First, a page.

The biggest advantage of using a CDW is its elasticity. You can expand and contract the size of your warehouse seamlessly as your needs change without the need for regular optimization.

Why Use a Data Warehouse?

Data warehouses can provide:

  • A single point of access for all data, rather than requiring users to connect to dozens or even hundreds of systems individually
  • An assurance of data quality
  • A history of the data they store
  • Separation between day-to-day operational systems and analytical systems, for security reasons
  • A standard set of semantics around data, for example: consistency in naming conventions, codes for different types of products, languages, and currencies

Storing comprehensive data in structured relationships means that data warehouses can also provide answers to a whole variety of complex questions, like:

  • How much revenue has each of our product lines brought in per month over the past ten years, broken out by city and state?
  • What is the average transaction size at one of our ATMs, broken out by time of day and total customer assets?
  • What is the percentage of employee turnover for the past year in stores that have been open for at least three years? How many hours did those employees work per week?

Data Warehouse Architecture

When it comes to building data warehouse architecture, there are three approaches.

One-Tier Architecture

This architecture creates a compact data set, and manages a minimal amount of stored data.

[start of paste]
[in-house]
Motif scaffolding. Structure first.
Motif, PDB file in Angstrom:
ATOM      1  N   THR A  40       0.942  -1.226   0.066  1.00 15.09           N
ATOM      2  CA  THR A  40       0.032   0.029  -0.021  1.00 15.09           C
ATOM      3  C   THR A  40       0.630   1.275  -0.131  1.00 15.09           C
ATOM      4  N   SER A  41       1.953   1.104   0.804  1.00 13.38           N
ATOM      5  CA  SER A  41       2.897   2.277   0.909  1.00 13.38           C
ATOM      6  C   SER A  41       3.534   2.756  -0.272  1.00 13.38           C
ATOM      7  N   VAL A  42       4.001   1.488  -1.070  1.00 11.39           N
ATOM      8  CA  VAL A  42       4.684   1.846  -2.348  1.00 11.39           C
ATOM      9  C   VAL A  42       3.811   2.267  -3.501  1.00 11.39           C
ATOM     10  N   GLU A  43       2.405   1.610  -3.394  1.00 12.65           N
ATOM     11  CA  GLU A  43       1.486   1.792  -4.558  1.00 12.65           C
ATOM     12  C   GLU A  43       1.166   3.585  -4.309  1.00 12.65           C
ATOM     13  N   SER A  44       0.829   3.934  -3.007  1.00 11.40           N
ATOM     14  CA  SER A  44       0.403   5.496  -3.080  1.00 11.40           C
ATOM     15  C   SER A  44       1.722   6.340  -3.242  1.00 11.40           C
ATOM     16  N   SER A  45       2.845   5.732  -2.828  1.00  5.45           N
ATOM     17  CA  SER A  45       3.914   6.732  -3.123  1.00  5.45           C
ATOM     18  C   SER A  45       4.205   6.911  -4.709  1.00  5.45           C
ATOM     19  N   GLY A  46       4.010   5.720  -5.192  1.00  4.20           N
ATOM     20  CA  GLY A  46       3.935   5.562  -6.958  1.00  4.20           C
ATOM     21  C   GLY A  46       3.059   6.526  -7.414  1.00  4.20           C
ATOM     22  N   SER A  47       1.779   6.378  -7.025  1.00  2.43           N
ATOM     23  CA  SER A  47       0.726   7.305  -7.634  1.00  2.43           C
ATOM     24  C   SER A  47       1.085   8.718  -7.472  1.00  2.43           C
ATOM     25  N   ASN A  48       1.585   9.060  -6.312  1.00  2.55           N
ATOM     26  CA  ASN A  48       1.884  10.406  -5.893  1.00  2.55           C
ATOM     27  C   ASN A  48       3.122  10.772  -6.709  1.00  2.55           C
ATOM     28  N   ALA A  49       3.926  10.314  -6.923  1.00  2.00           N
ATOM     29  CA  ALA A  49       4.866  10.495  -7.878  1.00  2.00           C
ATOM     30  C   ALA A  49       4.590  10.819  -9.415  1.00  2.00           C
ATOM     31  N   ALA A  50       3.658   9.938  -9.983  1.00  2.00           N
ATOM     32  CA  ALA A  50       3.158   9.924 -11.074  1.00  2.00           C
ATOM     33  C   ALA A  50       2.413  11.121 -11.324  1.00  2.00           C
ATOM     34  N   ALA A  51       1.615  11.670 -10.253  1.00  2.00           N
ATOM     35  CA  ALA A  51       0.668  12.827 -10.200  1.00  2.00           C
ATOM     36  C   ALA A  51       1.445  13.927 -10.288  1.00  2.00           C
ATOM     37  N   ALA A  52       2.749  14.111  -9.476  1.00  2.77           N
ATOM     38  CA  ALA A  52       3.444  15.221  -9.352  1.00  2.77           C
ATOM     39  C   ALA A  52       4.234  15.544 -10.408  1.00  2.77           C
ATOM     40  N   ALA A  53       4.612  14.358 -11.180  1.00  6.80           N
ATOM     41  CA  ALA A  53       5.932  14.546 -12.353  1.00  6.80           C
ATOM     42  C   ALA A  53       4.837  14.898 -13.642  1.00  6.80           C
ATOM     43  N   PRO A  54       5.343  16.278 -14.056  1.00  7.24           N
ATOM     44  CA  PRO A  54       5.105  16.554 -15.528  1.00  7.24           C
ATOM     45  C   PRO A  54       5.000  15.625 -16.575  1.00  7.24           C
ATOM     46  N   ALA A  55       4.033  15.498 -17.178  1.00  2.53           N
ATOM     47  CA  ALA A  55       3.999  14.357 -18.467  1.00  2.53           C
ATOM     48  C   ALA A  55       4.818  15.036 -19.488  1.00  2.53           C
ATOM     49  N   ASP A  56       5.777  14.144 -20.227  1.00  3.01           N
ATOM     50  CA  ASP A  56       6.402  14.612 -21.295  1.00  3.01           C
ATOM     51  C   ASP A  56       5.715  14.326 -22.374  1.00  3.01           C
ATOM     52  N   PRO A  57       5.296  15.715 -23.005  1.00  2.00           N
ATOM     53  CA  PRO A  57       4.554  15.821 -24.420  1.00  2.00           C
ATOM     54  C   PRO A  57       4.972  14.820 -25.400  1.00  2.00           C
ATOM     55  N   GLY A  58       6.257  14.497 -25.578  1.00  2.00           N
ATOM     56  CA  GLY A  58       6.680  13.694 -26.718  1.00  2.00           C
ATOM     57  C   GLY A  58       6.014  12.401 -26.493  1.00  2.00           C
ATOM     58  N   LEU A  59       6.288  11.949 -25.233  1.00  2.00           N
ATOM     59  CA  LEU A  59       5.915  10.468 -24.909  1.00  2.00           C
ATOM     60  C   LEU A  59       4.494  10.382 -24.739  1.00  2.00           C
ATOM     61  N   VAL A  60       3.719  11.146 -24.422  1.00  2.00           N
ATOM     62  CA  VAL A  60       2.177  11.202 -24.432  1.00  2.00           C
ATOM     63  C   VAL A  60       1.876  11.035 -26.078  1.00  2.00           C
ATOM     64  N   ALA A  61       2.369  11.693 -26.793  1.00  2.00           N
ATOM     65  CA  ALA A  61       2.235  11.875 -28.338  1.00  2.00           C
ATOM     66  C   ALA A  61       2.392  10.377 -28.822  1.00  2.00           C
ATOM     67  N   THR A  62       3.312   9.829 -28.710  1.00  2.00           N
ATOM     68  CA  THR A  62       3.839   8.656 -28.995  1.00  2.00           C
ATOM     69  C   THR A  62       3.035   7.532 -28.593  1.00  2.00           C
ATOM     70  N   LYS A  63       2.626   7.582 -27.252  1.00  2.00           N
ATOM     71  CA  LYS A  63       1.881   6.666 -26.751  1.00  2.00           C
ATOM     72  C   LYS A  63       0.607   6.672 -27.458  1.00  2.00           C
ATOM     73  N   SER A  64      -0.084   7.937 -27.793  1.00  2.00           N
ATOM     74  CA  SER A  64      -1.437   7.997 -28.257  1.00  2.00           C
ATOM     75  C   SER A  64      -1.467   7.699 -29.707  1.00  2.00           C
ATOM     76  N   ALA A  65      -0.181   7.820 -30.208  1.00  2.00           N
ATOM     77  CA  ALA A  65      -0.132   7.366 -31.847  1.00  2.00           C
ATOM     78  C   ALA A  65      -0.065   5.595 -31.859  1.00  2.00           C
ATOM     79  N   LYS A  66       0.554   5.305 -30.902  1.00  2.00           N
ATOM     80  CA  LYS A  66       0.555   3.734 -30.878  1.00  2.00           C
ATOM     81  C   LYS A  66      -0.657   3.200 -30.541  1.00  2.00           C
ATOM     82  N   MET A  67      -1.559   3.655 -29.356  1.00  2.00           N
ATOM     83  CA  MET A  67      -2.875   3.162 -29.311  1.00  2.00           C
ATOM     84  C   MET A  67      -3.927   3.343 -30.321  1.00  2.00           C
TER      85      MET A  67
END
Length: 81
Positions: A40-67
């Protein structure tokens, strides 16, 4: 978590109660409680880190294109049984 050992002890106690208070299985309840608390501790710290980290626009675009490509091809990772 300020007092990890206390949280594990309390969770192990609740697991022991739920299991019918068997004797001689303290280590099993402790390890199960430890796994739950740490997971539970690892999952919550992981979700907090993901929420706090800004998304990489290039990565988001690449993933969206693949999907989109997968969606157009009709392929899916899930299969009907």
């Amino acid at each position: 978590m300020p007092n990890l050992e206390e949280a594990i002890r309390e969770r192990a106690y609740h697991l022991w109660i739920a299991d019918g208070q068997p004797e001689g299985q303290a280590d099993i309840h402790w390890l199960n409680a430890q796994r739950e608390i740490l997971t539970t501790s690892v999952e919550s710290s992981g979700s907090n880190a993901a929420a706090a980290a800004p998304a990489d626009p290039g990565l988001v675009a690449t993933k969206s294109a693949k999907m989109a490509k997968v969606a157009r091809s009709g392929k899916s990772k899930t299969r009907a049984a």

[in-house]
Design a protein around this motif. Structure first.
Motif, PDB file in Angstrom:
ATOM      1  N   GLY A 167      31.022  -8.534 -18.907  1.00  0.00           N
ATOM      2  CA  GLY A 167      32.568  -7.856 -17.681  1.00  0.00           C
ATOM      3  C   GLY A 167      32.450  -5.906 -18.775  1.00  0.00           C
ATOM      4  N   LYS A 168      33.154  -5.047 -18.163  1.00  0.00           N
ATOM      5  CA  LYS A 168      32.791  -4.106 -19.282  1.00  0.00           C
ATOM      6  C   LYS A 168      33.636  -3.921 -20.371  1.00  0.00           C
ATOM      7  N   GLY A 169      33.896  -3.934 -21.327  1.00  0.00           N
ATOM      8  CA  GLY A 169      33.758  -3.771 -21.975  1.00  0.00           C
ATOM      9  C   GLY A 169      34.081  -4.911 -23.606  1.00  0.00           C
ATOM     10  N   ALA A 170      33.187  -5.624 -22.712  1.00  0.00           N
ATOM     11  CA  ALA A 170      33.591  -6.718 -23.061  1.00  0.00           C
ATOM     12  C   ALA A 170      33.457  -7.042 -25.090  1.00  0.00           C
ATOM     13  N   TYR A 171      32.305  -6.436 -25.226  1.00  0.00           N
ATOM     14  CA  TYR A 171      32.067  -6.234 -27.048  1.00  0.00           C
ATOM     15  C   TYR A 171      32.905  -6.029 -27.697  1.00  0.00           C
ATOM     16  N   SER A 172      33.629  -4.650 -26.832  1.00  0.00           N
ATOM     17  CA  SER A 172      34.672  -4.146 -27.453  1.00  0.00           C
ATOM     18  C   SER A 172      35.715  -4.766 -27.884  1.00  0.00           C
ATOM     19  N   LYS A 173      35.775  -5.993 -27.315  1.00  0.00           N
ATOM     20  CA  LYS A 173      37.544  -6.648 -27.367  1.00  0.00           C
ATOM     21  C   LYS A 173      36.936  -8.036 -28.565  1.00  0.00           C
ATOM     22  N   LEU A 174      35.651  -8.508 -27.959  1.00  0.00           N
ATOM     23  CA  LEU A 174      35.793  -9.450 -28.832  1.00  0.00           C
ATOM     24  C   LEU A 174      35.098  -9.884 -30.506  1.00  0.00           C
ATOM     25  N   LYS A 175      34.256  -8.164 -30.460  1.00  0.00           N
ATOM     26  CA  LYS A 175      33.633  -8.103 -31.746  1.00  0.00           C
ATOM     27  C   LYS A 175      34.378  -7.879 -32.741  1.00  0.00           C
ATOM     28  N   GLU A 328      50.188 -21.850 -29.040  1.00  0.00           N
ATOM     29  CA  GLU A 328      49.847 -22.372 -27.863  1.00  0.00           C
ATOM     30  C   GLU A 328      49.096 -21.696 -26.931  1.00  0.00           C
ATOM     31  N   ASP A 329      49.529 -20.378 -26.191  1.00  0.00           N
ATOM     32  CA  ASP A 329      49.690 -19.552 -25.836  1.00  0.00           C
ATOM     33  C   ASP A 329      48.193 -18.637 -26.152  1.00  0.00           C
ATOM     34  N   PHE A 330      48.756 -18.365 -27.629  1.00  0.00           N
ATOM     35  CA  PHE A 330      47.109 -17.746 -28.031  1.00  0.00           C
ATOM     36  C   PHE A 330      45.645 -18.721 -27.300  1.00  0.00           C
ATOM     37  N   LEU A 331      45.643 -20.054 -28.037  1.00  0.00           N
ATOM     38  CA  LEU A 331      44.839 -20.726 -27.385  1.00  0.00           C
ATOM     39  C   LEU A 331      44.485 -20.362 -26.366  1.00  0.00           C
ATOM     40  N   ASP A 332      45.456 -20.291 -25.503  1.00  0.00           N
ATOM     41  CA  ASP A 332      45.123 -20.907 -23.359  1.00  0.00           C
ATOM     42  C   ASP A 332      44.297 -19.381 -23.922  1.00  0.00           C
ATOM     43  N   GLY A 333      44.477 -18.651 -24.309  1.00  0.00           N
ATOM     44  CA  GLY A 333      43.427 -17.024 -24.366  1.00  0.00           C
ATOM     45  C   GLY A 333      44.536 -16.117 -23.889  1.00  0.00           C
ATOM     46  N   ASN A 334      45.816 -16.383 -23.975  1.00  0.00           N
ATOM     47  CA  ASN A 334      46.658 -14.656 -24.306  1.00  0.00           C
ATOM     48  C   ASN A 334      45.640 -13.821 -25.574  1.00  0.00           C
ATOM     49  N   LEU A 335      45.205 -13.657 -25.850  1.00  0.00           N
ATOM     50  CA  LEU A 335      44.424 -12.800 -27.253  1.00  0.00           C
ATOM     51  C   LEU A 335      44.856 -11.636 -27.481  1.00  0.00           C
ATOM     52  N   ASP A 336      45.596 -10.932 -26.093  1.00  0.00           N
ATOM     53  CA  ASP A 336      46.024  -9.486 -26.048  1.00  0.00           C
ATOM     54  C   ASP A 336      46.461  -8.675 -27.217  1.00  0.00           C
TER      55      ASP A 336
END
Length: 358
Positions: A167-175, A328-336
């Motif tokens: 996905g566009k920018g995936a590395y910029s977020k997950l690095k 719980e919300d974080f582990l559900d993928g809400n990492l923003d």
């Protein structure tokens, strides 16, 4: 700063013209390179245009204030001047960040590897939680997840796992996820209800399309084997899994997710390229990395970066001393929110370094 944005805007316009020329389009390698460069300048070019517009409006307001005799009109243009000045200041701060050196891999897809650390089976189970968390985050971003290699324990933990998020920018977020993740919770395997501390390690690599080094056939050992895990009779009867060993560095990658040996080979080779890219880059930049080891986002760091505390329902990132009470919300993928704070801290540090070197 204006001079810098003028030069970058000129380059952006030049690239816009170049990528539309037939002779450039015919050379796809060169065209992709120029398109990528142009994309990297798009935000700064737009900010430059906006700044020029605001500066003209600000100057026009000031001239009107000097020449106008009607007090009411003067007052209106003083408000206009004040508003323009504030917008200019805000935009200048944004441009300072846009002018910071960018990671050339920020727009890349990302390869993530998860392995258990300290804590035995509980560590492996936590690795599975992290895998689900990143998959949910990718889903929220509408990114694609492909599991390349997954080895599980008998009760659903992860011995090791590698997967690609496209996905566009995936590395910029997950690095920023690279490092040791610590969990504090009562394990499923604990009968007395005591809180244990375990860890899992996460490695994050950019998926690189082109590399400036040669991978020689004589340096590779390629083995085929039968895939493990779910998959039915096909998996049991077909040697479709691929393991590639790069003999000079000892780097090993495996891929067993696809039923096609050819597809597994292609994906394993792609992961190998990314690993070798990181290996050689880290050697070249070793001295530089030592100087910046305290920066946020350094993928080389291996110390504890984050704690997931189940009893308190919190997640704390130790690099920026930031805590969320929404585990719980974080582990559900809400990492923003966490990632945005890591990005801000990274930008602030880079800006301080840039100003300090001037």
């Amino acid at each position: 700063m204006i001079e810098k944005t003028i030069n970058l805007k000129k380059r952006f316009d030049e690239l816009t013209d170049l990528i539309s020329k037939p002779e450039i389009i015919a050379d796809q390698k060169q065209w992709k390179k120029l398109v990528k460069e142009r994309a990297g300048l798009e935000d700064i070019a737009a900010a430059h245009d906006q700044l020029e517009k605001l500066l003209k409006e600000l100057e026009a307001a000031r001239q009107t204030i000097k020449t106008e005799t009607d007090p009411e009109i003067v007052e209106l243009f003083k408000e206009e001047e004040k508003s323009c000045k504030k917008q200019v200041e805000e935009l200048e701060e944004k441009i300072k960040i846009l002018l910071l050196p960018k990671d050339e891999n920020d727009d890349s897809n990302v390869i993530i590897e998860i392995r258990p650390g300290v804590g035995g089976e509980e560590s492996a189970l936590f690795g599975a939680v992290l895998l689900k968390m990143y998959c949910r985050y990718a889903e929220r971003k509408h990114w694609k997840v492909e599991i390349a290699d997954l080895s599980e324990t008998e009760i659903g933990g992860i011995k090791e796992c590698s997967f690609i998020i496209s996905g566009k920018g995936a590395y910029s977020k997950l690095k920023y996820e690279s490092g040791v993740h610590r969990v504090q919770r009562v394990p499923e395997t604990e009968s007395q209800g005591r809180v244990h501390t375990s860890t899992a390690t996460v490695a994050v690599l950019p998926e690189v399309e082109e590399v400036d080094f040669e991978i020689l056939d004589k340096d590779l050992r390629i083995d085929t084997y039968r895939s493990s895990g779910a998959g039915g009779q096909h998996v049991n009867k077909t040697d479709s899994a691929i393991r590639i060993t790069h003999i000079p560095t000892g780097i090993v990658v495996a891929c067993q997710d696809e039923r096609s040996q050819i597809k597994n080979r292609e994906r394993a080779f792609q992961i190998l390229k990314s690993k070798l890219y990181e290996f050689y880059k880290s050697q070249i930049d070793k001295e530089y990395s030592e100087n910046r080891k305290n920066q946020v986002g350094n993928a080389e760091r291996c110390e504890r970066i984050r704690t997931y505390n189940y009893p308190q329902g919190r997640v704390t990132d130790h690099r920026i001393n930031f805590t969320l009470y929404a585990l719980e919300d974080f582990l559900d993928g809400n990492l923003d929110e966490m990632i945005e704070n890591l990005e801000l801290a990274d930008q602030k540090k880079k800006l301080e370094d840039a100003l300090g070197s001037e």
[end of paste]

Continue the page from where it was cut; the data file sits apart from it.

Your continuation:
One-tier architecture removes data redundancies but doesn’t scale in terms of users. There’s very little processing of the data as there is no data mart, and no OLAP Layer, which we discuss in a moment.

It’s primarily a way of storing data at minimal cost with minimal redundancy — in other words, it’ll remove the “junk” data and any duplication, but that’s all. You won’t see these very often, because they generally don’t have any kind of failsafe if things go wrong. Plus, if the data is being updated, it can cause some issues with the results of your searches and reports. This is a cheaper option, but cheaper isn’t always better.

Two-Tier Architecture

A second-tier adds what’s called a “data mart,” which is a bit like the lobby in a hotel. As new data is added, it is analyzed and categorized “on-the-fly” before being added to the warehouse pool. That process reduces the clash between warehouse data and live data in the system. The only problem is that once a two-tier system is full, you’re stuck and upgrading is tricky.

Three-Tier Architecture

A three-tier system adds what’s called an “OLAP Layer.” The OLAP layer is like a filing clerk. It files all of the data using the most space-efficient option and remembers where it all is. So, when you need to access the data, it can be found quickly. The system is always making the best use of your storage space, plus it’s scalable, so you can add extra storage as the business grows.

Dremio and Data Warehouses

Dremio is complementary to your data warehouse, and opens up a broader set of data to a larger set of data consumers for diverse analytical needs. Dremio’s forever-free lakehouse platform.